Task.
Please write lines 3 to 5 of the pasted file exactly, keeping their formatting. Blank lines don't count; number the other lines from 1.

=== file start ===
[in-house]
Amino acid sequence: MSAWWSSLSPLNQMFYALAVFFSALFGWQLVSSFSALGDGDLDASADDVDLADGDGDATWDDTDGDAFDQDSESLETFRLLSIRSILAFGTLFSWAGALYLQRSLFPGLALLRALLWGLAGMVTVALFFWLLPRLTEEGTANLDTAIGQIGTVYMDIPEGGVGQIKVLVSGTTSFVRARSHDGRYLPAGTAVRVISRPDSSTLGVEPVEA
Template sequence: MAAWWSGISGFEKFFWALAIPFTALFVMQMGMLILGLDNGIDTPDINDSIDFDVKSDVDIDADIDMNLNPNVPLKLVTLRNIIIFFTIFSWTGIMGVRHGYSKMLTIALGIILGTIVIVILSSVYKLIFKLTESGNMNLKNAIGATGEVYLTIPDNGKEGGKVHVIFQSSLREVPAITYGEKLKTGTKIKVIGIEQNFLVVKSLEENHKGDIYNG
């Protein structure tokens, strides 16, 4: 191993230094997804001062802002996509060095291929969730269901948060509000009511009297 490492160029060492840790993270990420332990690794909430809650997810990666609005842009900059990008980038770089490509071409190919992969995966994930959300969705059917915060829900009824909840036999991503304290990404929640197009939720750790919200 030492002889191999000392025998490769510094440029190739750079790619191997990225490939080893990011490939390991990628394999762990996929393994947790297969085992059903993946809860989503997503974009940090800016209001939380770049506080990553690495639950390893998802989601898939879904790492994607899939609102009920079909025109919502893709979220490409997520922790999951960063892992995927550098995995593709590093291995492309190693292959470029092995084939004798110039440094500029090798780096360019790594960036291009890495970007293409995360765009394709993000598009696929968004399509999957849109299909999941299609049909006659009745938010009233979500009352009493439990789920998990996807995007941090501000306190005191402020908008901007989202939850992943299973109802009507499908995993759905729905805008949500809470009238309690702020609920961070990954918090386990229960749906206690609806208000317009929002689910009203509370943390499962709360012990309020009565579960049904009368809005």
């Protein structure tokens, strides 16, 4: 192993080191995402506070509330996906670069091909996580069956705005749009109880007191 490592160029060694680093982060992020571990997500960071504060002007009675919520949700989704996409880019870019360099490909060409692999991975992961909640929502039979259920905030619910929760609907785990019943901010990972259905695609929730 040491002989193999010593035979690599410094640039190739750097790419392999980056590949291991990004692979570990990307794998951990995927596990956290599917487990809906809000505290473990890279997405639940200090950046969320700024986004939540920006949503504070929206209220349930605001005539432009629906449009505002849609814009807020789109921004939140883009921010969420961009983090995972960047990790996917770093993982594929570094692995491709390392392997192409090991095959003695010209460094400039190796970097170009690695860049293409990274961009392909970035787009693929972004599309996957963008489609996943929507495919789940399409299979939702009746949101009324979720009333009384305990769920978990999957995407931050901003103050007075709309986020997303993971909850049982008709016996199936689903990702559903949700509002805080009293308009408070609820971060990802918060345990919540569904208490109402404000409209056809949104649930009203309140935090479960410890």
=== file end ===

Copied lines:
Template sequence: MAAWWSGISGFEKFFWALAIPFTALFVMQMGMLILGLDNGIDTPDINDSIDFDVKSDVDIDADIDMNLNPNVPLKLVTLRNIIIFFTIFSWTGIMGVRHGYSKMLTIALGIILGTIVIVILSSVYKLIFKLTESGNMNLKNAIGATGEVYLTIPDNGKEGGKVHVIFQSSLREVPAITYGEKLKTGTKIKVIGIEQNFLVVKSLEENHKGDIYNG
């Protein structure tokens, strides 16, 4: 191993230094997804001062802002996509060095291929969730269901948060509000009511009297 490492160029060492840790993270990420332990690794909430809650997810990666609005842009900059990008980038770089490509071409190919992969995966994930959300969705059917915060829900009824909840036999991503304290990404929640197009939720750790919200 030492002889191999000392025998490769510094440029190739750079790619191997990225490939080893990011490939390991990628394999762990996929393994947790297969085992059903993946809860989503997503974009940090800016209001939380770049506080990553690495639950390893998802989601898939879904790492994607899939609102009920079909025109919502893709979220490409997520922790999951960063892992995927550098995995593709590093291995492309190693292959470029092995084939004798110039440094500029090798780096360019790594960036291009890495970007293409995360765009394709993000598009696929968004399509999957849109299909999941299609049909006659009745938010009233979500009352009493439990789920998990996807995007941090501000306190005191402020908008901007989202939850992943299973109802009507499908995993759905729905805008949500809470009238309690702020609920961070990954918090386990229960749906206690609806208000317009929002689910009203509370943390499962709360012990309020009565579960049904009368809005």
């Protein structure tokens, strides 16, 4: 192993080191995402506070509330996906670069091909996580069956705005749009109880007191 490592160029060694680093982060992020571990997500960071504060002007009675919520949700989704996409880019870019360099490909060409692999991975992961909640929502039979259920905030619910929760609907785990019943901010990972259905695609929730 040491002989193999010593035979690599410094640039190739750097790419392999980056590949291991990004692979570990990307794998951990995927596990956290599917487990809906809000505290473990890279997405639940200090950046969320700024986004939540920006949503504070929206209220349930605001005539432009629906449009505002849609814009807020789109921004939140883009921010969420961009983090995972960047990790996917770093993982594929570094692995491709390392392997192409090991095959003695010209460094400039190796970097170009690695860049293409990274961009392909970035787009693929972004599309996957963008489609996943929507495919789940399409299979939702009746949101009324979720009333009384305990769920978990999957995407931050901003103050007075709309986020997303993971909850049982008709016996199936689903990702559903949700509002805080009293308009408070609820971060990802918060345990919540569904208490109402404000409209056809949104649930009203309140935090479960410890």